Suspicious package sent to Sen. Kamala Harris discovered

Suspicious package sent to Sen. Kamala Harris discovered

A suspicious package addressed to California Senator Kamala Harris was intercepted Friday morning in Sacramento, Senator Harris’s office confirmed to CBS13. The package is similar to 13 others addressed to other elected officials and political figures this week.

Sen. Kamala Harris’ office said Oct. 26 that authorities in Sacramento, California, are investigating a suspicious package mailed to her.  The office of the Indian American U.S. senator says the package was similar to those that have been sent to other prominent Democrats.

The senator’s office says it was informed that the package was identified at a Sacramento mail facility. The FBI responded to the facility in a South Sacramento neighborhood that’s been blocked off by caution tape.

News of the package comes as authorities arrested a Florida man suspected of sending more than 10 mail bombs in recent days. Harris is a Democrat serving her first term in the U.S. Senate.

“Our understanding is a trained postal employee identified the package at a Sacramento mail facility and reported it to the authorities,” a statement from Sen. Harris’ office read. A heavy law enforcement presence, including FBI, US Postal Inspector, postal police, and the sheriff’s department personnel was visible at the facility throughout the morning. Firefighters from Sacramento Metro Fire Department also responded to the report. CNN first reported the incident.

FBI special agents have arrested Cesar Altieri Sayoc, 56, in connection with the packages. Federal officials say these were “improvised explosive devices” made with PVC pipe, clocks, batteries, wiring, and explosive material. None of the bombs detonated.

The Sacramento Sheriff’s office says the package addressed to Harris resembled the other suspicious packages sent this week. A postal employee at a Sacramento mail facility identified the package and reported it to authorities. No one was injured.

Justice Department officials revealed that a latent fingerprint found on one package helped them identify their suspect as Sayoc, 56, of Aventura, Florida. The criminal complaint charges Sayoc with illegally mailing explosives, illegally transporting explosives across state lines, making threats against former presidents, assaulting federal officers and threatening interstate commerce.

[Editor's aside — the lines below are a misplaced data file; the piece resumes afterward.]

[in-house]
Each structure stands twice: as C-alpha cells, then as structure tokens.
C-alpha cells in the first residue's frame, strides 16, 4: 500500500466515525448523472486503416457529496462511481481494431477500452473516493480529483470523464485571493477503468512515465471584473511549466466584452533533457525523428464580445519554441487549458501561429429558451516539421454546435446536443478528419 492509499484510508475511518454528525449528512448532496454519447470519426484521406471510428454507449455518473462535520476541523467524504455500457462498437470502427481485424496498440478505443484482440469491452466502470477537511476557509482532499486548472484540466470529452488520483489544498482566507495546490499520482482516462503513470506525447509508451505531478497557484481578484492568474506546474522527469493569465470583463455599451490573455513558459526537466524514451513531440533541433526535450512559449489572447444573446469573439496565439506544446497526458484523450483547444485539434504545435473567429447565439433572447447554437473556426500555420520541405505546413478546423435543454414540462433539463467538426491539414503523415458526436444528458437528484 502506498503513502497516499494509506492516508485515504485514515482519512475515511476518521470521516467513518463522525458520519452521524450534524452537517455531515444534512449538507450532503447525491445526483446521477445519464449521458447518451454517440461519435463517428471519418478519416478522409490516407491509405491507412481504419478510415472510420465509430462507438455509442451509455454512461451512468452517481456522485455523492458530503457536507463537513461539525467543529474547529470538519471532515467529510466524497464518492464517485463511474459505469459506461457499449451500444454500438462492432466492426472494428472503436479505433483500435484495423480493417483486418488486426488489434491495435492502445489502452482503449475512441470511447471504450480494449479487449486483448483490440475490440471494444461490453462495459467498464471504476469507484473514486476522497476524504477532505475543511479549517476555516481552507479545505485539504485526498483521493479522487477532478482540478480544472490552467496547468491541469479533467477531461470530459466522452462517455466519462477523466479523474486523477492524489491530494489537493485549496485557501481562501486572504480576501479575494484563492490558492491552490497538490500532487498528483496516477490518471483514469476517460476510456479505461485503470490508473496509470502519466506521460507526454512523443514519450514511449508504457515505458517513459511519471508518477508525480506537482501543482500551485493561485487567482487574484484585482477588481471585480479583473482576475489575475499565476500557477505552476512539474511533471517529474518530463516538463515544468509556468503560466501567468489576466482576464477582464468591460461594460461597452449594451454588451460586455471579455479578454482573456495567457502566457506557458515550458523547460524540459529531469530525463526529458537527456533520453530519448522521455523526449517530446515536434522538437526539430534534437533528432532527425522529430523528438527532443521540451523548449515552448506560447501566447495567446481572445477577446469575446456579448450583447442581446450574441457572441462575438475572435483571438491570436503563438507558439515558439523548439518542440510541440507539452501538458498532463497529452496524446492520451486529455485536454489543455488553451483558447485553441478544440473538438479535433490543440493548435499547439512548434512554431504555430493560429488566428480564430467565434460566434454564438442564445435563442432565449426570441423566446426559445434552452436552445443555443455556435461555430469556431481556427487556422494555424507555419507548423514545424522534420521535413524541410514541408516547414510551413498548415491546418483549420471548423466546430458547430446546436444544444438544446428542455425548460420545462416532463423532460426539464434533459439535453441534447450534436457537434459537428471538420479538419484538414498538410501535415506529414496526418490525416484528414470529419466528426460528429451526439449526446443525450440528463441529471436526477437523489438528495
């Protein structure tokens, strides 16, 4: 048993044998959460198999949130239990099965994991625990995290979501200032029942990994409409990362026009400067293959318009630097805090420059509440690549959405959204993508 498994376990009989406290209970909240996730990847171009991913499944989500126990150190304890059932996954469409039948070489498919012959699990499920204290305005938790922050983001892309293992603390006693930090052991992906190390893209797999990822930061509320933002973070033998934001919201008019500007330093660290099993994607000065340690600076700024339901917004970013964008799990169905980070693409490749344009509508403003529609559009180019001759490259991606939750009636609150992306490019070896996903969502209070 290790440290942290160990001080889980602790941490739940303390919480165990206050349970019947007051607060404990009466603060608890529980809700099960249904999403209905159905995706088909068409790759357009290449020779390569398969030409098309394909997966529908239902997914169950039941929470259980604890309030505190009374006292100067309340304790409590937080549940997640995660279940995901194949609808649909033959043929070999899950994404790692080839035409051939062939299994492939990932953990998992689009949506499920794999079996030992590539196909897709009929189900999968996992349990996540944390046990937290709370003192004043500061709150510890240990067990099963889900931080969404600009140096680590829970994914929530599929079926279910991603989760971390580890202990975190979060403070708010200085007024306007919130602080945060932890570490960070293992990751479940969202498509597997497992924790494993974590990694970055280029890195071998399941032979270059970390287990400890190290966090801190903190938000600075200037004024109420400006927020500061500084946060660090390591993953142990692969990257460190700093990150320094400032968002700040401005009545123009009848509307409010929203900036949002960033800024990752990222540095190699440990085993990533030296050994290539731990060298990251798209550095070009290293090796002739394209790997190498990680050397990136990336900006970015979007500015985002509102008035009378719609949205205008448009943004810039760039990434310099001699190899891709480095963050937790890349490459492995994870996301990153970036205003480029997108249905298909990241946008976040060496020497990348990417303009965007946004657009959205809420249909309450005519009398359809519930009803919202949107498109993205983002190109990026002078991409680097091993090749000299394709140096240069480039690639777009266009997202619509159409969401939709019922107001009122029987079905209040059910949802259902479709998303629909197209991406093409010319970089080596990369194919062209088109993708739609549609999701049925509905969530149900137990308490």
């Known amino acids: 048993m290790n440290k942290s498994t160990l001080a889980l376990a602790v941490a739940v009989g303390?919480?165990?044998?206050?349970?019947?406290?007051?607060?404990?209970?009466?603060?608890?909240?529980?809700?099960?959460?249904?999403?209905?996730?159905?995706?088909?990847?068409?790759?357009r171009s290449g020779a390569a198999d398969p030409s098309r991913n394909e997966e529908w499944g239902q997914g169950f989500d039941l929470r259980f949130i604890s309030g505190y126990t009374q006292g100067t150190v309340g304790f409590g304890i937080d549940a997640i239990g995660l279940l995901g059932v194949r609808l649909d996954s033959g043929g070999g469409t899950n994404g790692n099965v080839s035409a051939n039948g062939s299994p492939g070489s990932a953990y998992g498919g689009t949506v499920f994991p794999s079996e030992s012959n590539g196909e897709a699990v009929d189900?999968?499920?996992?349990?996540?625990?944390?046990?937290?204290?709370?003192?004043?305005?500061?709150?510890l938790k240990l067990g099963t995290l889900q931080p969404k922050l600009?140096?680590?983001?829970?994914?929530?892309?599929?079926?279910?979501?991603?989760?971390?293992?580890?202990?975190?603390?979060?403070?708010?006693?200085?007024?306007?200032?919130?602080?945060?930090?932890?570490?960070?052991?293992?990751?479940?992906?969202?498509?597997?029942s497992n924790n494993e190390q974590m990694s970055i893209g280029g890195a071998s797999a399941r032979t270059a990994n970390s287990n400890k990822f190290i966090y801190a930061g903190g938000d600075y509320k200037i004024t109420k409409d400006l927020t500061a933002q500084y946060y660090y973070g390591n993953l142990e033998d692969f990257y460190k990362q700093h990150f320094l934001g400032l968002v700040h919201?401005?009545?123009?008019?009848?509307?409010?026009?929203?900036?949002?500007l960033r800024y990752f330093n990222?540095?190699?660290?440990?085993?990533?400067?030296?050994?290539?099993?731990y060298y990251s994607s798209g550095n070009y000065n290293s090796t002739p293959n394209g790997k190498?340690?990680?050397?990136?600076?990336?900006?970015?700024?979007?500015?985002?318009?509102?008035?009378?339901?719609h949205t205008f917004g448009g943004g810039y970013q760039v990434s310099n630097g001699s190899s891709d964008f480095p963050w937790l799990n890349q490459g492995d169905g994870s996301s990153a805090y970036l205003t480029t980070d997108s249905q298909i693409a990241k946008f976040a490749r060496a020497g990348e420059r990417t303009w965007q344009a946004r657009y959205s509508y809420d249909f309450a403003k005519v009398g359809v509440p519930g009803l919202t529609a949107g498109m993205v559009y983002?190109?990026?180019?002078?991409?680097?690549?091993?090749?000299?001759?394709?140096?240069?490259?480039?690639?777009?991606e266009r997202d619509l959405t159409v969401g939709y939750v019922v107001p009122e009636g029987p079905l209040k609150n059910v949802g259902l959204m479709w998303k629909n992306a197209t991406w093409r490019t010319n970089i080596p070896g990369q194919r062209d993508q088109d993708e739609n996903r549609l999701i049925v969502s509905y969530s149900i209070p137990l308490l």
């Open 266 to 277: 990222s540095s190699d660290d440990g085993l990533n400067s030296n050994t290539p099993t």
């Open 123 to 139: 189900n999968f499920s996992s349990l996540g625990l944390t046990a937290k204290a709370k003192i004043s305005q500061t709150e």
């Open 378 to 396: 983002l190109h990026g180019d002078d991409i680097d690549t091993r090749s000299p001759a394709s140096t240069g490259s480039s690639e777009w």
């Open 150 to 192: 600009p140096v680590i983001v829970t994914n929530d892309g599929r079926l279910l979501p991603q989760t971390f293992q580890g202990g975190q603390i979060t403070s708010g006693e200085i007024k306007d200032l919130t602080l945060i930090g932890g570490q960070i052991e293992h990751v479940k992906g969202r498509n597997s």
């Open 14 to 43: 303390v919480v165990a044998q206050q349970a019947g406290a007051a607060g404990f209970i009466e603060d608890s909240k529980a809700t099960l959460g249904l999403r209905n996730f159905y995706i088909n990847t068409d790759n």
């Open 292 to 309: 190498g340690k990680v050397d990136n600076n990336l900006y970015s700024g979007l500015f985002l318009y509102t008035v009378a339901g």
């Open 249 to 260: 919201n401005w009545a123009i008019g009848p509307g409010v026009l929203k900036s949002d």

Court records show Sayoc, an amateur body builder with social media accounts that denigrate Democrats and praise Trump, has a history of arrests for theft, illegal steroids possession and a 2002 charge of making a bomb threat.

The development came amid a nationwide manhunt for the person responsible for at least 13 explosive devices addressed to prominent Democrats including former President Barack Obama, former Vice President Joe Biden and Hillary Clinton. The case continued widening Oct. 26 even as Sayoc was detained.

In Washington, Attorney General Jeff Sessions cautioned that Sayoc had only been charged, not convicted. But he said, “Let this be a lesson to anyone regardless of their political beliefs that we will bring the full force of law against anyone who attempts to use threats, intimidation and outright violence to further an agenda. We will find you, we will prosecute you to the fullest extent of the law.”

In Florida, law enforcement officers were seen on television examining a white van, its windows covered with an assortment of stickers, outside the Plantation auto parts store. Authorities covered the vehicle with a blue tarp and took it away on the back of a flatbed truck.

The stickers included images of Trump, American flags and what appeared to be logos of the Republican National Committee and CNN, though the writing surrounding those images was unclear.

Trump, while calling to take strict actions against political violence, complained that “this ‘bomb’ stuff” was taking attention away from the upcoming election and said critics were wrongly blaming him and his heated rhetoric.

Law enforcement officials said they had intercepted a dozen packages in states across the country. None had exploded, and it wasn’t immediately clear if they were intended to cause physical harm or simply sow fear and anxiety.

Earlier in the day, authorities said suspicious packages addressed to New Jersey Sen. Cory Booker and former National Intelligence Director James Clapper — both similar to those containing pipe bombs sent to other prominent critics of Trump— had been intercepted.

Investigators believe the mailings were staggered. The U.S. Postal Service searched their facilities 48 hours ago and the most recent packages didn’t turn up. Officials don’t think they were sitting in the system without being spotted. They were working to determine for sure. The officials spoke to The Associated Press on condition of anonymity to discuss an ongoing investigation.

Online court records show that Sayoc in 2002 was arrested and served a year of probation for a felony charge of threatening to throw or place a bomb. No further details were available about the case.

Most of those targeted were past or present U.S. officials, but one was sent to actor Robert De Niro and billionaire George Soros. The bombs have been sent across the country – from New York, Delaware and Washington, D.C., to Florida and California, where Rep. Maxine Waters was targeted. They bore the return address of Florida Rep. Debbie Wasserman Schultz, the former chairwoman of the Democratic National Committee.

The common thread among the bomb targets was obvious: their critical words for Trump and his frequent, harsher criticism in return.

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